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California levee breaches amid storm; second atmospheric river on the way

Flooding, road closures, and a levee break impacted the northern half of the state on Saturday, and forecasters said another punch could land Monday.
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A second atmospheric river is on its way to California, just as the state contends with a levee breach, evacuations and other damage from this week's winter storm.

The next atmospheric river — a long, narrow band of moisture drawn from the tropics — is forecast for Monday, and could be more powerful than the last.

California has been inundated by the latest front. In Oroville, north of Sacramento, a swift water rescue team helped two people stranded on an island in the Feather River get to safety. In the Central Coast, river flooding in Atascadero and Paso Robles was widely feared.

Residents of parts of Monterey County woke up to urgent flood warnings and orders to move out after a levee was breached around midnight by the rain-swollen waters of the Pajaro River, county officials said.

California National Guard troops and Monterey County sheriff's and fire first responders helped residents in flooded neighborhoods evacuate to higher ground Saturday.

An area firefighter was injured by a falling tree, they said. Details were not provided about the person’s condition and where the injury occurred.

More than 90 rescues were completed since Friday, with as many as 20 by boat, Monterey County officials said at an afternoon news conference.

County Board of Supervisors Chair Luis Alejo said the river-adjacent town of Pajaro, with a population of 1,700, was left in 1 to 3 feet of standing water and estimated that recovery and repairs for area homes could take months.

No deaths were reported.

An aerial view shows a flooded neighborhood in the unincorporated community of Pajaro in Watsonville, California, on March 11, 2023.
An aerial view shows a flooded neighborhood in the unincorporated community of Pajaro in Watsonville, California, on Saturday.Josh Edelson / AFP via Getty Images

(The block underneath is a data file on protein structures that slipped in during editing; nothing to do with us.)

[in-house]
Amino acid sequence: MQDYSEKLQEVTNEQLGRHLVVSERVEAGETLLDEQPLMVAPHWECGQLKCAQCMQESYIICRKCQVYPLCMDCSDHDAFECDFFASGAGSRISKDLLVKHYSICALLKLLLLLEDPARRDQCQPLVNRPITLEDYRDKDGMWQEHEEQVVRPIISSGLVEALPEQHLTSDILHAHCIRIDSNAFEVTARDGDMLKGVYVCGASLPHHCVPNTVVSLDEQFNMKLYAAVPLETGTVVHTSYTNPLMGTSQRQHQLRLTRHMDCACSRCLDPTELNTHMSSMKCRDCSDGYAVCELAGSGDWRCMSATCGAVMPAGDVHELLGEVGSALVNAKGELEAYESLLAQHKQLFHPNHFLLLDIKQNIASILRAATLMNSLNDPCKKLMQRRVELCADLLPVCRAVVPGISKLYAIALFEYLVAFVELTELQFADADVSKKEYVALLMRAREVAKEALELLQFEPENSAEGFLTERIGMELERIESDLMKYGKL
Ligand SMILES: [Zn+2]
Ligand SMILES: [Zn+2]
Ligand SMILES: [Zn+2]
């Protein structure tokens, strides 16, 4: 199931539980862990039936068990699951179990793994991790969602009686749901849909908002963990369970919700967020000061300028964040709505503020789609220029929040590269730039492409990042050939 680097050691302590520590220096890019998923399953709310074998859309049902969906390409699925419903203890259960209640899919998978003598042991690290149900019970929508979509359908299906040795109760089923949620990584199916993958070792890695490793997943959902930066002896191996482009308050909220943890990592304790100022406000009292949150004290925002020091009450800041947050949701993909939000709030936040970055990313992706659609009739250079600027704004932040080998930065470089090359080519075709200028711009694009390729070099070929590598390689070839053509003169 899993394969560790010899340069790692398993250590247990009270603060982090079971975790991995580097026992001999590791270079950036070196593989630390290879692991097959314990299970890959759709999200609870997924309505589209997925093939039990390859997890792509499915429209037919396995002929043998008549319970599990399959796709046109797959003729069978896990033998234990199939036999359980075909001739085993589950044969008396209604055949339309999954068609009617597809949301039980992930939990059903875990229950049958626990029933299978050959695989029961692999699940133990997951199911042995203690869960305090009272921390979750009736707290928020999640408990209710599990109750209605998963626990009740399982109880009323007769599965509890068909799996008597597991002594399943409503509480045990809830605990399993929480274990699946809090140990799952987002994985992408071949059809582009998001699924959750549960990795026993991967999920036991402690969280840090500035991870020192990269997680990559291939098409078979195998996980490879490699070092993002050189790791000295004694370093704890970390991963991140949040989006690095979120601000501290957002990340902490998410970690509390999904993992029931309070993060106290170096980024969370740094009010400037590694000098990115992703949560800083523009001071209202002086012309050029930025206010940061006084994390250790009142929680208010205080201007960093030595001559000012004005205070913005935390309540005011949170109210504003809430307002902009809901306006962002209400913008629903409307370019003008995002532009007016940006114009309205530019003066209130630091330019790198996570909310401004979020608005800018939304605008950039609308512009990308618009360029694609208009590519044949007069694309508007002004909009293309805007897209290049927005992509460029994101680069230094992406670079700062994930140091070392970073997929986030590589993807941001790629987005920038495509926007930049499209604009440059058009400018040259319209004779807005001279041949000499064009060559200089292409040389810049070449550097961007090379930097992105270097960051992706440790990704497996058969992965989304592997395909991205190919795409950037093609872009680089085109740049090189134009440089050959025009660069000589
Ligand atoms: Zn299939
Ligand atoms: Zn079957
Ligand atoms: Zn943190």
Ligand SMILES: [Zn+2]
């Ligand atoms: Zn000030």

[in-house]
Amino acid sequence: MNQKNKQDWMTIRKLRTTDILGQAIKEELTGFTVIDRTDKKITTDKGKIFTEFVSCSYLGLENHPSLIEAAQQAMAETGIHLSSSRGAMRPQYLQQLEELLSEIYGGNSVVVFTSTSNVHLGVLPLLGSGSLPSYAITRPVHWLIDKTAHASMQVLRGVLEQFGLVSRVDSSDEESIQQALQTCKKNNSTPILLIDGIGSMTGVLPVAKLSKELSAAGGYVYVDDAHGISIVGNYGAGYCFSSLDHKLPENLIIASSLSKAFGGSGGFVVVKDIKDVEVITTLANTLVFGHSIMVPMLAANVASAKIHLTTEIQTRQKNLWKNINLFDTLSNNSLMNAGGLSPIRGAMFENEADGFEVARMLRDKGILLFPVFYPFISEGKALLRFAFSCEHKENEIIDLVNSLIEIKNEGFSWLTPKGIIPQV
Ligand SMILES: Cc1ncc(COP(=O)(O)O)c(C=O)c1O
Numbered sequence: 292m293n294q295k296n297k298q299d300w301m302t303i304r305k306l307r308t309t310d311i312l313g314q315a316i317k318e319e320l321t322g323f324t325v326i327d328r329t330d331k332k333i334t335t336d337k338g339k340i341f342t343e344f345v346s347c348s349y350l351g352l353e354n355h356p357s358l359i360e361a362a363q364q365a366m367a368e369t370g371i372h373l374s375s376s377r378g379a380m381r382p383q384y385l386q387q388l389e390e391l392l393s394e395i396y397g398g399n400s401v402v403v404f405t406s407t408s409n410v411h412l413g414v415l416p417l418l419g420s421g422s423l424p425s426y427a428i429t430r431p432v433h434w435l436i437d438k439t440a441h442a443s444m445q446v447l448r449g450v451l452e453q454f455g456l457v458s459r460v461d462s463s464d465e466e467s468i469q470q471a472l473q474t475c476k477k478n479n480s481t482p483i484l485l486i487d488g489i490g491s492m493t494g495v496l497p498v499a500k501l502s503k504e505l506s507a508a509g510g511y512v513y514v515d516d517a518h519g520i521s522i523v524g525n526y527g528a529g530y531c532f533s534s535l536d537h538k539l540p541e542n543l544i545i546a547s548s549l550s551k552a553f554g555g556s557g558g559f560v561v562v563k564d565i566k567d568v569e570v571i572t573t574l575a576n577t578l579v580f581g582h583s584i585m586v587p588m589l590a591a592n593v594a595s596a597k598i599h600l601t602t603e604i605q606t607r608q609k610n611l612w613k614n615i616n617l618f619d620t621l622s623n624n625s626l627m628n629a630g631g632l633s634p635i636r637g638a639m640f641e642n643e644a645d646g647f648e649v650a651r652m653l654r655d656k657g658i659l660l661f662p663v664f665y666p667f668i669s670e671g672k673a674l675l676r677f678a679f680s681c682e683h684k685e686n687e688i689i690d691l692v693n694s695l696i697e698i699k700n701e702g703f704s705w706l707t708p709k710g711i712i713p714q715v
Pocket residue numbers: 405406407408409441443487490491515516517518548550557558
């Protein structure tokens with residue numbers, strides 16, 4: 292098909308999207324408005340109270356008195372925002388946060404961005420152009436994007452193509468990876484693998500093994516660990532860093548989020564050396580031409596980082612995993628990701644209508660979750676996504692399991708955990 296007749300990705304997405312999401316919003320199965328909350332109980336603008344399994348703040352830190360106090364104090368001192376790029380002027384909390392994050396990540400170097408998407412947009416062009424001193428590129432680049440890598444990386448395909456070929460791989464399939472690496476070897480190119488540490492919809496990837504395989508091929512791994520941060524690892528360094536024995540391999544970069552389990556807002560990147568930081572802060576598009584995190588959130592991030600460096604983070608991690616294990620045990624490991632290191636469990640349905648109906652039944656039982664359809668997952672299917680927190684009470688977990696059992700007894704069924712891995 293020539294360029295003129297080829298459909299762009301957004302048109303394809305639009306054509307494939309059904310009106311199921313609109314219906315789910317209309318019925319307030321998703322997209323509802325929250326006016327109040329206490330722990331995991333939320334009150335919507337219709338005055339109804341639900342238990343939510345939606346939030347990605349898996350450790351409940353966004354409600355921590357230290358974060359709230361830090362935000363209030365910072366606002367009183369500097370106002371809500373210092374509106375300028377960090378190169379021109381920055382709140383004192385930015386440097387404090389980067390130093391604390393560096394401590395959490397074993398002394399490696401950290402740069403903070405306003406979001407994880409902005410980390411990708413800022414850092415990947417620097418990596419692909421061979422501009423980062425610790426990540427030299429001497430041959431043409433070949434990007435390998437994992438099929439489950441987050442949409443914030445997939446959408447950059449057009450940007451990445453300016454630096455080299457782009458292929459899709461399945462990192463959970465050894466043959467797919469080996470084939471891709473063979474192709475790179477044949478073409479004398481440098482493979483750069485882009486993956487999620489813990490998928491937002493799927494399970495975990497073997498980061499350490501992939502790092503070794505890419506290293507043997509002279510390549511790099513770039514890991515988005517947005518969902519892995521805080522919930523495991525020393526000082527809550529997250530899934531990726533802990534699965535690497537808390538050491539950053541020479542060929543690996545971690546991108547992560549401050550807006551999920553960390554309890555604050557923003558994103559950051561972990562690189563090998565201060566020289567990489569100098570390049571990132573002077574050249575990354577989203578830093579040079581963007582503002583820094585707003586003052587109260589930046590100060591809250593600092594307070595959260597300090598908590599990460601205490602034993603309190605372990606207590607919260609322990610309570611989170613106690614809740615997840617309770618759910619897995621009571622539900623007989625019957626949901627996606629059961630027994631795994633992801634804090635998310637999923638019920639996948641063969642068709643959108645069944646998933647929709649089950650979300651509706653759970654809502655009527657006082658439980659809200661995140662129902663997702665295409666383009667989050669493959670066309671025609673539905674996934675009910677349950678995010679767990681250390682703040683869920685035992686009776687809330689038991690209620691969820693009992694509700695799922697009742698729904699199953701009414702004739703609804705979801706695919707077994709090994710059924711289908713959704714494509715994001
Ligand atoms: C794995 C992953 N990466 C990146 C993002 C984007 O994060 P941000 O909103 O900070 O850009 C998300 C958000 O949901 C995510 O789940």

Alejo said it was unlikely the levee would be fully repaired before the next storm hits the area Monday night.

"We're very much worried about the second storm coming," he said.

The county on Saturday issued an alert for customers of the Pajaro Sunny Mesa Water District warning them not to drink the tap water or use it in food preparation because local wells had been flooded during the storm.

Another Monterey County community, Arroyo Seco, remained under mandatory evacuation Saturday after a main road was washed out the Friday by the storm, county officials said.

Nearly 18,000 utility customers in the county were without power Saturday, according to grid tracking site

Other parts of the state were affected by the extreme weather, including Santa Cruz County, where local government officials released video and photos of flood damage in the community of Soquel.

Further south, evacuation orders for parts of San Luis Obispo County were lifted Saturday, but some neighborhoods remained under evacuation warnings.

The cities of San Luis Obispo and Morro Bay declared local emergencies in response to the extreme weather.

"City officials and staff are preparing for a series of two atmospheric river storms forecasted to bring multiple inches of rain each to San Luis Obispo," that city said in a statement.

On Friday, officials in Kern County put low-lying areas of the communities of Riverkern and Kernville under evacuation orders amid forecasts of flooding.

In Southern California, the Ventura County Fire Department said Saturday a sinkhole measuring 30 by 300 feet appeared between two homes in the city of Camarillo.

President Joe Biden on Thursday declared a federal emergency to help expedite disaster relief.

The weather service said in a forecast discussion that the Bay Area and Central Coast were in the path for the next front, which it described as likely more intense and more loaded with precipitation.

“This event will be more widespread,” Meteorologist Kristan Lund of the National Weather Service’s Oxnard office said.

A scale for atmospheric rivers, developed by scientists at the Scripps Institution of Oceanography, measured the weekend storm at its weakest level, AR 1. Monday's storm is forecast to reach an intensity and duration of AR 3, said to represent a storm both "beneficial and hazardous."

Atmospheric rivers have helped Los Angeles record nearly 21 inches of rain since the season began Oct. 1, surpassing the average year’s 14.77 inches. It’s not yet clear if Los Angeles and points south will be significantly impacted by the next atmospheric river.